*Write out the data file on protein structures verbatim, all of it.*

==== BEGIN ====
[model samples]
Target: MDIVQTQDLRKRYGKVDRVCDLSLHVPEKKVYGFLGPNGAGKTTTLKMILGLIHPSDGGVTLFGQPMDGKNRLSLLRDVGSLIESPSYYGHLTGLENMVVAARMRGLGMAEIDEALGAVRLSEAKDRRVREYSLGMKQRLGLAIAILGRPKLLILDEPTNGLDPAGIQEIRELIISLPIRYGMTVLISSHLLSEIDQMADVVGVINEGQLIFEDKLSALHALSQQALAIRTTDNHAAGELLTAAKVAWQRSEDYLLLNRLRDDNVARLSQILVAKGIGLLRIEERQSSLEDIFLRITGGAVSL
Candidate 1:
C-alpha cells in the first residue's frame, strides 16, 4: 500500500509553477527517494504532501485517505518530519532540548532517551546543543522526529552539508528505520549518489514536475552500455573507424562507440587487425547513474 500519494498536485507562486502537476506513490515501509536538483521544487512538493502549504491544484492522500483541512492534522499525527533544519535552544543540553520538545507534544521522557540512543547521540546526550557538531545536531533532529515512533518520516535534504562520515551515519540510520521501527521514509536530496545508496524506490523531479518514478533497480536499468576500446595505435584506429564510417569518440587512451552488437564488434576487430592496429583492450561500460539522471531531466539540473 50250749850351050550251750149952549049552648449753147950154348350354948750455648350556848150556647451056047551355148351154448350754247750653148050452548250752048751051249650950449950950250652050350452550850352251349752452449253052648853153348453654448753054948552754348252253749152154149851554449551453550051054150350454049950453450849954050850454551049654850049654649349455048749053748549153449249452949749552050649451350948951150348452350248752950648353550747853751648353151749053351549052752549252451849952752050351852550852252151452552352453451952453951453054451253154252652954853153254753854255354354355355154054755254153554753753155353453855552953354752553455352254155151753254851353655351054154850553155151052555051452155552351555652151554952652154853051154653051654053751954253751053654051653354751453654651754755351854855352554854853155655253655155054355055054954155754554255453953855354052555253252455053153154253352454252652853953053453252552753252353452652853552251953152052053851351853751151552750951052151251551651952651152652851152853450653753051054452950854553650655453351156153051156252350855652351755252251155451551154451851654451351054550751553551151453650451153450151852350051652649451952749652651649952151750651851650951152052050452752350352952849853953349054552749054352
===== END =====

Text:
[model samples]
Target: MDIVQTQDLRKRYGKVDRVCDLSLHVPEKKVYGFLGPNGAGKTTTLKMILGLIHPSDGGVTLFGQPMDGKNRLSLLRDVGSLIESPSYYGHLTGLENMVVAARMRGLGMAEIDEALGAVRLSEAKDRRVREYSLGMKQRLGLAIAILGRPKLLILDEPTNGLDPAGIQEIRELIISLPIRYGMTVLISSHLLSEIDQMADVVGVINEGQLIFEDKLSALHALSQQALAIRTTDNHAAGELLTAAKVAWQRSEDYLLLNRLRDDNVARLSQILVAKGIGLLRIEERQSSLEDIFLRITGGAVSL
Candidate 1:
C-alpha cells in the first residue's frame, strides 16, 4: 500500500509553477527517494504532501485517505518530519532540548532517551546543543522526529552539508528505520549518489514536475552500455573507424562507440587487425547513474 500519494498536485507562486502537476506513490515501509536538483521544487512538493502549504491544484492522500483541512492534522499525527533544519535552544543540553520538545507534544521522557540512543547521540546526550557538531545536531533532529515512533518520516535534504562520515551515519540510520521501527521514509536530496545508496524506490523531479518514478533497480536499468576500446595505435584506429564510417569518440587512451552488437564488434576487430592496429583492450561500460539522471531531466539540473 50250749850351050550251750149952549049552648449753147950154348350354948750455648350556848150556647451056047551355148351154448350754247750653148050452548250752048751051249650950449950950250652050350452550850352251349752452449253052648853153348453654448753054948552754348252253749152154149851554449551453550051054150350454049950453450849954050850454551049654850049654649349455048749053748549153449249452949749552050649451350948951150348452350248752950648353550747853751648353151749053351549052752549252451849952752050351852550852252151452552352453451952453951453054451253154252652954853153254753854255354354355355154054755254153554753753155353453855552953354752553455352254155151753254851353655351054154850553155151052555051452155552351555652151554952652154853051154653051654053751954253751053654051653354751453654651754755351854855352554854853155655253655155054355055054954155754554255453953855354052555253252455053153154253352454252652853953053453252552753252353452652853552251953152052053851351853751151552750951052151251551651952651152652851152853450653753051054452950854553650655453351156153051156252350855652351755252251155451551154451851654451351054550751553551151453650451153450151852350051652649451952749652651649952151750651851650951152052050452752350352952849853953349054552749054352